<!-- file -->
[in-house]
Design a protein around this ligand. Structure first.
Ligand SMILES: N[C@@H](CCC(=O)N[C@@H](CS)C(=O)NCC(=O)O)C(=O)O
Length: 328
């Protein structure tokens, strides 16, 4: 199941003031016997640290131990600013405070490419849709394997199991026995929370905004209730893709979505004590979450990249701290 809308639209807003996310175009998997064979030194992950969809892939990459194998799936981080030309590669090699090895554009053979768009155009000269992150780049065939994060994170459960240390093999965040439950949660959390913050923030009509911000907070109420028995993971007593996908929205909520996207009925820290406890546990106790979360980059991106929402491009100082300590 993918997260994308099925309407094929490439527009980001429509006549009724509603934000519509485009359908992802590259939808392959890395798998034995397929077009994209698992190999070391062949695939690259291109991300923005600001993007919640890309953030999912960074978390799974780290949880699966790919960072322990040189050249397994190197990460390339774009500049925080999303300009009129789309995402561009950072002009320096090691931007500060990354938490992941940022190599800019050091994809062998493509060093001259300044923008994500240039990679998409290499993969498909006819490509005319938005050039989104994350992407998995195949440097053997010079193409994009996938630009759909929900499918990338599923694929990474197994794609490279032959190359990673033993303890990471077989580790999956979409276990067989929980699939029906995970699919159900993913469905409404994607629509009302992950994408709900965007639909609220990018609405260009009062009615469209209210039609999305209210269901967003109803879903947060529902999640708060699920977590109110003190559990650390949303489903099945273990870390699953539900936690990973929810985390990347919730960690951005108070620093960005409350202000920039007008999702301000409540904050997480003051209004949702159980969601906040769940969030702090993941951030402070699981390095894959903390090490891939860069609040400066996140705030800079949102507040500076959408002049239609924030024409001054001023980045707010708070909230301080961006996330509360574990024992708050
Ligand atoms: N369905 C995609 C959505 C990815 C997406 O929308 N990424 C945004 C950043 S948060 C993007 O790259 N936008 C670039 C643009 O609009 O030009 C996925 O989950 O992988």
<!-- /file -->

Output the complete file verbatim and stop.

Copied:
[in-house]
Design a protein around this ligand. Structure first.
Ligand SMILES: N[C@@H](CCC(=O)N[C@@H](CS)C(=O)NCC(=O)O)C(=O)O
Length: 328
């Protein structure tokens, strides 16, 4: 199941003031016997640290131990600013405070490419849709394997199991026995929370905004209730893709979505004590979450990249701290 809308639209807003996310175009998997064979030194992950969809892939990459194998799936981080030309590669090699090895554009053979768009155009000269992150780049065939994060994170459960240390093999965040439950949660959390913050923030009509911000907070109420028995993971007593996908929205909520996207009925820290406890546990106790979360980059991106929402491009100082300590 993918997260994308099925309407094929490439527009980001429509006549009724509603934000519509485009359908992802590259939808392959890395798998034995397929077009994209698992190999070391062949695939690259291109991300923005600001993007919640890309953030999912960074978390799974780290949880699966790919960072322990040189050249397994190197990460390339774009500049925080999303300009009129789309995402561009950072002009320096090691931007500060990354938490992941940022190599800019050091994809062998493509060093001259300044923008994500240039990679998409290499993969498909006819490509005319938005050039989104994350992407998995195949440097053997010079193409994009996938630009759909929900499918990338599923694929990474197994794609490279032959190359990673033993303890990471077989580790999956979409276990067989929980699939029906995970699919159900993913469905409404994607629509009302992950994408709900965007639909609220990018609405260009009062009615469209209210039609999305209210269901967003109803879903947060529902999640708060699920977590109110003190559990650390949303489903099945273990870390699953539900936690990973929810985390990347919730960690951005108070620093960005409350202000920039007008999702301000409540904050997480003051209004949702159980969601906040769940969030702090993941951030402070699981390095894959903390090490891939860069609040400066996140705030800079949102507040500076959408002049239609924030024409001054001023980045707010708070909230301080961006996330509360574990024992708050
Ligand atoms: N369905 C995609 C959505 C990815 C997406 O929308 N990424 C945004 C950043 S948060 C993007 O790259 N936008 C670039 C643009 O609009 O030009 C996925 O989950 O992988």